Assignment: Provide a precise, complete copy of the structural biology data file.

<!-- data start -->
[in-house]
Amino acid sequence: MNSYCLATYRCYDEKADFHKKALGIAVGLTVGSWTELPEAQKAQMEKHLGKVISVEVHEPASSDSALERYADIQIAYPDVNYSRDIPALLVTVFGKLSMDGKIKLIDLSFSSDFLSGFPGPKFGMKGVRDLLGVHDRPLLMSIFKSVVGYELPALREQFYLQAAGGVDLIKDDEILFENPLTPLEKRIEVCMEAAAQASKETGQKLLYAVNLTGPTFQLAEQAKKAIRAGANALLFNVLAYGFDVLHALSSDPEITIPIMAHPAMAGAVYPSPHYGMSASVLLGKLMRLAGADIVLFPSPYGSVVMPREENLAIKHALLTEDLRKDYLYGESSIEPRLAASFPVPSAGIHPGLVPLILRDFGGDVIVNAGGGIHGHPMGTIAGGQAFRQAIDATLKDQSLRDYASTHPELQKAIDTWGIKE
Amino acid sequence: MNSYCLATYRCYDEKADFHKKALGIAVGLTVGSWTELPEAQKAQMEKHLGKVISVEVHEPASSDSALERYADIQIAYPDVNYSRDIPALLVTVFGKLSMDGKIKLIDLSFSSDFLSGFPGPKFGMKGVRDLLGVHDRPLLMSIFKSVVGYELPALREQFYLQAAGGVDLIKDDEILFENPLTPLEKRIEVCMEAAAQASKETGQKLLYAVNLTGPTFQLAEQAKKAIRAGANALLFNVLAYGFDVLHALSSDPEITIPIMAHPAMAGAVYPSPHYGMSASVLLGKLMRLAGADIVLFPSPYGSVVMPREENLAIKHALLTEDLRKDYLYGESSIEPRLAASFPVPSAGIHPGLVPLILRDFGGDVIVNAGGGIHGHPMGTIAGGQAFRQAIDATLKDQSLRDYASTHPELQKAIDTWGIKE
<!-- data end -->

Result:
[in-house]
Amino acid sequence: MNSYCLATYRCYDEKADFHKKALGIAVGLTVGSWTELPEAQKAQMEKHLGKVISVEVHEPASSDSALERYADIQIAYPDVNYSRDIPALLVTVFGKLSMDGKIKLIDLSFSSDFLSGFPGPKFGMKGVRDLLGVHDRPLLMSIFKSVVGYELPALREQFYLQAAGGVDLIKDDEILFENPLTPLEKRIEVCMEAAAQASKETGQKLLYAVNLTGPTFQLAEQAKKAIRAGANALLFNVLAYGFDVLHALSSDPEITIPIMAHPAMAGAVYPSPHYGMSASVLLGKLMRLAGADIVLFPSPYGSVVMPREENLAIKHALLTEDLRKDYLYGESSIEPRLAASFPVPSAGIHPGLVPLILRDFGGDVIVNAGGGIHGHPMGTIAGGQAFRQAIDATLKDQSLRDYASTHPELQKAIDTWGIKE
Amino acid sequence: MNSYCLATYRCYDEKADFHKKALGIAVGLTVGSWTELPEAQKAQMEKHLGKVISVEVHEPASSDSALERYADIQIAYPDVNYSRDIPALLVTVFGKLSMDGKIKLIDLSFSSDFLSGFPGPKFGMKGVRDLLGVHDRPLLMSIFKSVVGYELPALREQFYLQAAGGVDLIKDDEILFENPLTPLEKRIEVCMEAAAQASKETGQKLLYAVNLTGPTFQLAEQAKKAIRAGANALLFNVLAYGFDVLHALSSDPEITIPIMAHPAMAGAVYPSPHYGMSASVLLGKLMRLAGADIVLFPSPYGSVVMPREENLAIKHALLTEDLRKDYLYGESSIEPRLAASFPVPSAGIHPGLVPLILRDFGGDVIVNAGGGIHGHPMGTIAGGQAFRQAIDATLKDQSLRDYASTHPELQKAIDTWGIKE